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Lawyer For Suspect Accused In 2011 Killing Of Oakland 3-Year-Old Says Prosecutor, Cop, Witnesses Are Lying

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Oakland shooting victim Carlos Fernandez Nava (Nava Family)

Oakland shooting victim Carlos Fernandez Nava (Nava Family)

OAKLAND (CBS SF) — The defense lawyer for a reputed gang member who is accused of firing the shot that killed 3-year-old Carlos Nava in East Oakland three years ago alleged Wednesday that the prosecutor, a police officer and key witnesses are lying about the evidence in the case.

In her closing argument in the trial of Lawrence Denard, 29, and co-defendant Willie Torrence, 25, Annie Beles, who represents Denard, told jurors that the evidence presented by Alameda County Deputy District Attorney Ben Beltramo is “all a fiction, a yarn that the prosecution has spun for you.”

Beles also said Oakland police Sgt. Steven Nowak “didn’t reflect what truly happened” when he interviewed Robert Hudson, one of the victims in the case.

In addition, Beles said a prosecution witness who identified Denard as the shooter in the incident in the 6400 block of International Boulevard at about 1:10 p.m. on Aug. 8, 2011, is “a gun-toting, lying person who wasn’t even where he said he was at the time of the shooting.”

Beles said the statements by that witness and Hudson indicating that Denard was the shooter aren’t reliable and Denard should therefore be found not guilty.

Referring to what she said is a lack of evidence that Denard was the shooter, Beles said, “If it ain’t him, he shouldn’t be convicted. That’s what justice mandates.”

Beltramo alleged in his closing argument that Denard and Torrence, the alleged driver in the incident, belong to the 69th Village gang in East Oakland and were targeting Hudson and Jerome Williams, who he said are members of the nearby 65th Village gang.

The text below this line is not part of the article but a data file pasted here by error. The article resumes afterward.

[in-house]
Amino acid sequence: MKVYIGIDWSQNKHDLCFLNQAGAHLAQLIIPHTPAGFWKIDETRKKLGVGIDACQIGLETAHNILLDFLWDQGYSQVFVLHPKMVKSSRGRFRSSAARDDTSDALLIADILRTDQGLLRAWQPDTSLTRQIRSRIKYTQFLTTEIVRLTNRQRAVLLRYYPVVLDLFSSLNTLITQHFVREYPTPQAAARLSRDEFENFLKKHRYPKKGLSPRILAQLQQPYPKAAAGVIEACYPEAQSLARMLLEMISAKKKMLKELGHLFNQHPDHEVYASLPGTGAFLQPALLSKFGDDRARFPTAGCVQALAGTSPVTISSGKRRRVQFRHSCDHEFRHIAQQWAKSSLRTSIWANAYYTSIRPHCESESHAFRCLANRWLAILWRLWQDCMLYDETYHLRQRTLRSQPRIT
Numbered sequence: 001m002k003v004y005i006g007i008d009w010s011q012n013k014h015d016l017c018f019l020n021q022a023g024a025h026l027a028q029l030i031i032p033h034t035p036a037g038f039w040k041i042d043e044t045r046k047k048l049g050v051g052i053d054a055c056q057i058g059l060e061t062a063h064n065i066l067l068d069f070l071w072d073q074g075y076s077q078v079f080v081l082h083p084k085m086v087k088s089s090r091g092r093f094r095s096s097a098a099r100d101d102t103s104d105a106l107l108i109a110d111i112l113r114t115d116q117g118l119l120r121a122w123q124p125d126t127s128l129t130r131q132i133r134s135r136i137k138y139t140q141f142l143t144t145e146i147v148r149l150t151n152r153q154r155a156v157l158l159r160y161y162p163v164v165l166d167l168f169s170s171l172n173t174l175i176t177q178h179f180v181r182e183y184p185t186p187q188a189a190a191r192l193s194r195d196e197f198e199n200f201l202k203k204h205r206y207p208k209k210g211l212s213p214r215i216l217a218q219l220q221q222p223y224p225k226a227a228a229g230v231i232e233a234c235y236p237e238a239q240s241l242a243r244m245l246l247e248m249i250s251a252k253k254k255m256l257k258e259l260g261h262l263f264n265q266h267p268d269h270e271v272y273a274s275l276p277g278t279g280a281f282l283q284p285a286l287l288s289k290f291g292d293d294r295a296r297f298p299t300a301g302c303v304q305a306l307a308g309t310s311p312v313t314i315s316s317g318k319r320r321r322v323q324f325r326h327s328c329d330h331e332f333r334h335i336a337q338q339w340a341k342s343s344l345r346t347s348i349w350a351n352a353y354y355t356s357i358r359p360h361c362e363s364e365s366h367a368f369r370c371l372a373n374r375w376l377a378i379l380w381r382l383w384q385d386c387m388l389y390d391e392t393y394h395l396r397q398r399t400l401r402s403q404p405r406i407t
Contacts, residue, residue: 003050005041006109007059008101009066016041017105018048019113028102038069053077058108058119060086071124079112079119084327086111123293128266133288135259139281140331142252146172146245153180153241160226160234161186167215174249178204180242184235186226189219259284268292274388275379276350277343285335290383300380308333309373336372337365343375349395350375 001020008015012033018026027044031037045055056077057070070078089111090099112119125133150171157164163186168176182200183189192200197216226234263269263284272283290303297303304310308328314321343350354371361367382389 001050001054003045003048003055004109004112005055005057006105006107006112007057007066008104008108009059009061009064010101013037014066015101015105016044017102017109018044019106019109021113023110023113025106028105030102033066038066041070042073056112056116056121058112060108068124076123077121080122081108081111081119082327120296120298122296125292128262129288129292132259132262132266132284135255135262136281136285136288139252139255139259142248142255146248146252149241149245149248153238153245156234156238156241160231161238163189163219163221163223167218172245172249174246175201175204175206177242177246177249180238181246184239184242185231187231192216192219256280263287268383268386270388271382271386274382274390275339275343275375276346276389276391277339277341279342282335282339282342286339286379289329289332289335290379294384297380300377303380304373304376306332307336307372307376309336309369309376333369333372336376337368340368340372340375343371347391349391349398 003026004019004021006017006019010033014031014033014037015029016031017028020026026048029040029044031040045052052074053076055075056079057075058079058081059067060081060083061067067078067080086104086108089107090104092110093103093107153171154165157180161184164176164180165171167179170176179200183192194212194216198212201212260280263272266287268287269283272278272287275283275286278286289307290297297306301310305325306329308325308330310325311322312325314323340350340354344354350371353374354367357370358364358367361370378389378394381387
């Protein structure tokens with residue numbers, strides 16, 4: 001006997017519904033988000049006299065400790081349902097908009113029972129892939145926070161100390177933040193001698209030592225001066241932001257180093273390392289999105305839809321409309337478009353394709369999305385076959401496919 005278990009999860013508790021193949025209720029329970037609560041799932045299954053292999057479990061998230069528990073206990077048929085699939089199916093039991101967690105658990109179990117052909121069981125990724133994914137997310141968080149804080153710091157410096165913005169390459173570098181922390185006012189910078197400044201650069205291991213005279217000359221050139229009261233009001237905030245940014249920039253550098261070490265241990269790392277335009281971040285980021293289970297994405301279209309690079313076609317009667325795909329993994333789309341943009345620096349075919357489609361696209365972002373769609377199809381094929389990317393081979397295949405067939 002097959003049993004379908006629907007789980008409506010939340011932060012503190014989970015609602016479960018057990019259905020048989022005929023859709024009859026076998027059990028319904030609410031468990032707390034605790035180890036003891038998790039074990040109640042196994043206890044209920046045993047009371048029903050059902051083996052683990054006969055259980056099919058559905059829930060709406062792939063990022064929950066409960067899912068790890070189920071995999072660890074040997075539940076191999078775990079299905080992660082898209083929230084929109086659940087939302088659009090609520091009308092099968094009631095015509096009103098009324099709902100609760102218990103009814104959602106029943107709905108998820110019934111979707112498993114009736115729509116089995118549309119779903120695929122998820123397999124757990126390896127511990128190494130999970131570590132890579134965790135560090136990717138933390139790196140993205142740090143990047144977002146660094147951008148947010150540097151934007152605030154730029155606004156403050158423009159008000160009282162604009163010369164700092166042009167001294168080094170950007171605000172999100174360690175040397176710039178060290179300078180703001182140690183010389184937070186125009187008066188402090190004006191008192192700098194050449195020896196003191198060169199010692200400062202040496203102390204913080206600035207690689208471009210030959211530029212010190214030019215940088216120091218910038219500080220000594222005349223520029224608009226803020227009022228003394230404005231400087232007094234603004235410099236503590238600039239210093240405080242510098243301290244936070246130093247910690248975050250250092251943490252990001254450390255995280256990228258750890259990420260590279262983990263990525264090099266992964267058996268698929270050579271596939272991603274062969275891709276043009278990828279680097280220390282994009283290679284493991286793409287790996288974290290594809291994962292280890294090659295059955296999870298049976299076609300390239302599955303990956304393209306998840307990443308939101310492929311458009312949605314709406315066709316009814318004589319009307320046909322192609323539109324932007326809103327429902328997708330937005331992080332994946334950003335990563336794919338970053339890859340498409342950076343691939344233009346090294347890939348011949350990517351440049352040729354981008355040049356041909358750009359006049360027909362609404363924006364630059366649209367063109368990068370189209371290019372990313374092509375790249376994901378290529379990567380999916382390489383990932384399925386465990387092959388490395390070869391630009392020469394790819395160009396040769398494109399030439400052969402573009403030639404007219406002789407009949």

Hudson and Williams were wounded in the shooting but survived their injuries and testified in the trial.

One of the stray bullets that was fired in the shooting struck and killed 3-year-old Carlos, who Beltramo said was going to a neighborhood grocery with his mother and his older brother and was simply in the wrong place at the wrong time.

Beltramo said ballistics evidence indicates that Denard fired 11 shots from a .40-caliber Glock pistol, which was one of two guns he was brandishing in a cellphone video that he recorded an hour before the shooting. However, the gun was never found.

Beles alleged today that the Oakland Police Department rushed to arrest suspects in the shooting because it was “desperate to get someone” because of the community’s outrage over Carlos’ death.

Nowak testified during the trial that police treated the shooting like any other homicide in Oakland but Beles said, “That’s not common sense, that’s not believable.”

In addition to facing one count of murder and two counts of attempted murder, Denard and Torrence are accused of being ex-felons in possession of a firearm, discharging a gun from a vehicle and acting to benefit a criminal street gang.

Denard has prior convictions for grand theft and possession of a firearm by a felon and Torrence has a conviction on an illegal gun charge.

Torrence’s lawyer, David Byron, will give his closing argument later today and then Beltramo will present his rebuttal argument. Jurors were expected to begin deliberating at some point on Thursday.

 

© Copyright 2014 by CBS San Francisco and Bay City News Service. All rights reserved. This material may not be published, broadcast, rewritten or redistributed.

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